Gaming vs. Esports: What’s the Difference?

esports gaming

As esports has grown in popularity and the industry has grown its profits, the line between true esports and casual gaming has blurred, but differences still exist.

When competitive gaming began, there was a small, well-defined group of esports athletes, and a majority of people were just simply gamers. Now, anyone can launch a YouTube or Twitch channel, compete in video games, and earn money from it.

What is Gaming?

This is the easy part. Any time a person plays a video game, they’re gaming. That includes everything from the $25 million Dota 2 Championships to your grandparents playing Candy Crush on their phones. Gaming can be competitive, but it isn’t inherently, and it can be single player or multiplayer.

Something helpful to remember is that every time someone is competing in esports they’re also gaming, but if someone is gaming they’re not necessarily an esports athlete.

What is Esports?

Esports is defined by competition. As with real sports, electronic sports pit teams or individuals against one another. This can be direct and head-to-head, like when League of Legends teams square off, or indirect, such as when speedrunners compete with one another for the best times but never actually interact within a game.

Is Ninja an Athlete or a Gamer?

The emergence of streaming, in particular, has created a lot of confusion between esports and gaming, so let’s look at the example of a popular streamer to put the question into context.

Ninja, whose real name is Tyler Blevins, has racked up more than 14 million followers on Twitch and was on the cover of ESPN Magazine in 2018.

Blevins began his career in video games more than a decade ago as a professional Halo player. By 2017, he had won more than $100,000 in his career competing in tournaments including a $20,000 first place prize from the 2017 PlayerUnknown’s Battlegrounds Invitational.

The next year, however, Ninja blew up on Twitch and YouTube as clips of his Fortnite streams went viral. While he still competes in tournaments occasionally, Blevins streams full time and makes around $500,000 each month doing it. Despite his success, Ninja is technically no longer an esports athlete, outside of a few times each year when he competes in tournaments.

When Ninja streams Fortnite he’s still competing against every other player in the game, but his broadcasts are primarily about entertainment. People watch Blevins’ streams because of how good he is, and part of the fun is that it looks like he’s hardly ever challenged anyway. He may still be one of the best gamers in the world, but for the most part, he is no longer an esports athlete.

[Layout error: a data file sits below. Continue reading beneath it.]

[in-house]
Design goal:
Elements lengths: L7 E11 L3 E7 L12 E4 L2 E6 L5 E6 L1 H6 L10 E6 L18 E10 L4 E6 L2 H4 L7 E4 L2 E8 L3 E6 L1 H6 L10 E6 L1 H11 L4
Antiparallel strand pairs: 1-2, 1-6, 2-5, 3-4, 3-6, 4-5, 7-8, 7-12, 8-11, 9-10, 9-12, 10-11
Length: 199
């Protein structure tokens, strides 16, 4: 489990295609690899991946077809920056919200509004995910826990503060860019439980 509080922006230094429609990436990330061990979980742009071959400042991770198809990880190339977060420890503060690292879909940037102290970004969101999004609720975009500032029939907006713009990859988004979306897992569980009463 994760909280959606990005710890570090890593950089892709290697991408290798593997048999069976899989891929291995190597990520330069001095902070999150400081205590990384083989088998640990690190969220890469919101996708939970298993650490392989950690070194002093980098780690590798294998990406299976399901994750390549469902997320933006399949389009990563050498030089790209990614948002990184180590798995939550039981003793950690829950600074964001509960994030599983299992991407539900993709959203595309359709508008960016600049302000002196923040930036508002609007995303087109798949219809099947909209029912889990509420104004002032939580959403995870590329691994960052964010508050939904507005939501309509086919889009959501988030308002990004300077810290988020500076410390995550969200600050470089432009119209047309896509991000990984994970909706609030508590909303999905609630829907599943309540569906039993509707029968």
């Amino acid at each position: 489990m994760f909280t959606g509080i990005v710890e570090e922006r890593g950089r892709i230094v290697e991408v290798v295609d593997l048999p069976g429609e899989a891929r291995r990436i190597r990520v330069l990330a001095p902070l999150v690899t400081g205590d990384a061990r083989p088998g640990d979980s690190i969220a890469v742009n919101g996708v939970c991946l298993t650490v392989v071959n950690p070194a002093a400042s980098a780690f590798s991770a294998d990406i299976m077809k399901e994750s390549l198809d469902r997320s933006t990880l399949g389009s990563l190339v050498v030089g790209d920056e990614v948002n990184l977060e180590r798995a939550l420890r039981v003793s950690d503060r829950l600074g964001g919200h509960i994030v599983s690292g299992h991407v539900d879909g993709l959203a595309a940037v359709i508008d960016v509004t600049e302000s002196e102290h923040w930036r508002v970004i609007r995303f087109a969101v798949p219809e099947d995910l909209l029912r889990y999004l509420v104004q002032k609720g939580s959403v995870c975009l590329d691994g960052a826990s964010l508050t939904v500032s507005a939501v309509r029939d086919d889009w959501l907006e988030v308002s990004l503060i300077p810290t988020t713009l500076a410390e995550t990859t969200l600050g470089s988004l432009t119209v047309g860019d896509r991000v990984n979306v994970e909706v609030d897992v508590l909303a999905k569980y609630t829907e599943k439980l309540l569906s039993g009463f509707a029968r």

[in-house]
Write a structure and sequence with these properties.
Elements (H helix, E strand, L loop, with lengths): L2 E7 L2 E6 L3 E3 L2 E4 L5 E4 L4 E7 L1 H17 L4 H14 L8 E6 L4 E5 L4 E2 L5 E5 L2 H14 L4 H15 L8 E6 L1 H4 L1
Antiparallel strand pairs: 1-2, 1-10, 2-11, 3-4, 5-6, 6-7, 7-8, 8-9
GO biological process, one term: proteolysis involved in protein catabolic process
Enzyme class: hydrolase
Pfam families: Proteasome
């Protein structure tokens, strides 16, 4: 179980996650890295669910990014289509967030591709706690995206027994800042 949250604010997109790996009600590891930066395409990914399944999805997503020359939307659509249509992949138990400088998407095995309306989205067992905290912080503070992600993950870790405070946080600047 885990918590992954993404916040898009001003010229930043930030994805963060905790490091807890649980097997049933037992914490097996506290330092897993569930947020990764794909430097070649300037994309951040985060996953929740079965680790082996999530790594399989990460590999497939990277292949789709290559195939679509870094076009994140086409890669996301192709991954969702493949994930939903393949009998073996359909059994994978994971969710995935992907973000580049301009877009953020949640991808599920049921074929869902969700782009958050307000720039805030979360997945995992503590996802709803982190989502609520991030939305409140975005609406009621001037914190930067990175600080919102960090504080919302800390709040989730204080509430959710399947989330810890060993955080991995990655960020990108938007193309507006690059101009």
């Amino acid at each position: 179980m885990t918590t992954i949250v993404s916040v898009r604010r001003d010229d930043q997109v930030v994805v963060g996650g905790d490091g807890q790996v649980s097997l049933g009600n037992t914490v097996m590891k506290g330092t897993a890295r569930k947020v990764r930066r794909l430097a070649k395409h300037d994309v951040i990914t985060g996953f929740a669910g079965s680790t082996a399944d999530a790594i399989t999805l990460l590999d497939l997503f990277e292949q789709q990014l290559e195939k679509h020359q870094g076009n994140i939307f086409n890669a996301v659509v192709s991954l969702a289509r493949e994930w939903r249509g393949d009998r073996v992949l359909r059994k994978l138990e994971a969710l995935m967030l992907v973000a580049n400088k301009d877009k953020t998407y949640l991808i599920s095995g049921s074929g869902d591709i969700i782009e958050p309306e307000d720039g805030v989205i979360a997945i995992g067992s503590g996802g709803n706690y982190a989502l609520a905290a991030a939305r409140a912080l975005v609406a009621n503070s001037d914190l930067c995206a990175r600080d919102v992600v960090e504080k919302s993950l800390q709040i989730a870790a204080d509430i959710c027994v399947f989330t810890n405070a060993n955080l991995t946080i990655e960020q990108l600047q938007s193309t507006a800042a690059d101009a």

Is Esports a Sport?

Now that we’ve separated esports from gaming, we can ask, should it really be considered a sport, and should those who compete be considered athletes? Most people would be inclined to say no, but there are more similarities between professional gamers and professional athletes than you’d expect.

For starters, more than a hundreds colleges have introduced varsity esports programs and award scholarships to the best gaming recruits, the way they would for football or basketball.

See Also: 7 Colleges With Varsity Esports Programs.

Moreover, many critics assume that esports will never gain the popularity of the established major sports, but that’s already been proven wrong. The League of Legends World Finals in 2018 was played in Incheon Munhak Stadium in South Korea, which seats nearly 50,000 people, and it was filled to capacity. In total, approximately 100 million people watched the World Finals, which is about the same number of people that watched Super Bowl LIII.

Esports is just as popular as other sports – and it’s just as intense. The Sport Journal, a peer-reviewed journal published by the United States Sports Academy, featured an article that outlined the case for esports to be considered a sport. Notably, the article stated: “During video game competitions and training, many eSports athletes exhibited signs that could be considered physical exertion to keep up with the routine of being a professional video gamer.”

Gearing up for esports competitions is hard work, not unlike how professional athletes practice before games. It may not seem rigorous to “practice” video games, but that further highlights the difference between professional and casual gamers.

The Final Word

When most people play games, they might get a little competitive but mostly have fun, like when you play a pick-up basketball game with friends.

When esports athletes play, they’re training to compete with the best of the best and devote their time and energy to getting better, like an NBA player warming up before a game. That is to say, if you want to make big money at video games, you’ll have to train like an esports athlete.

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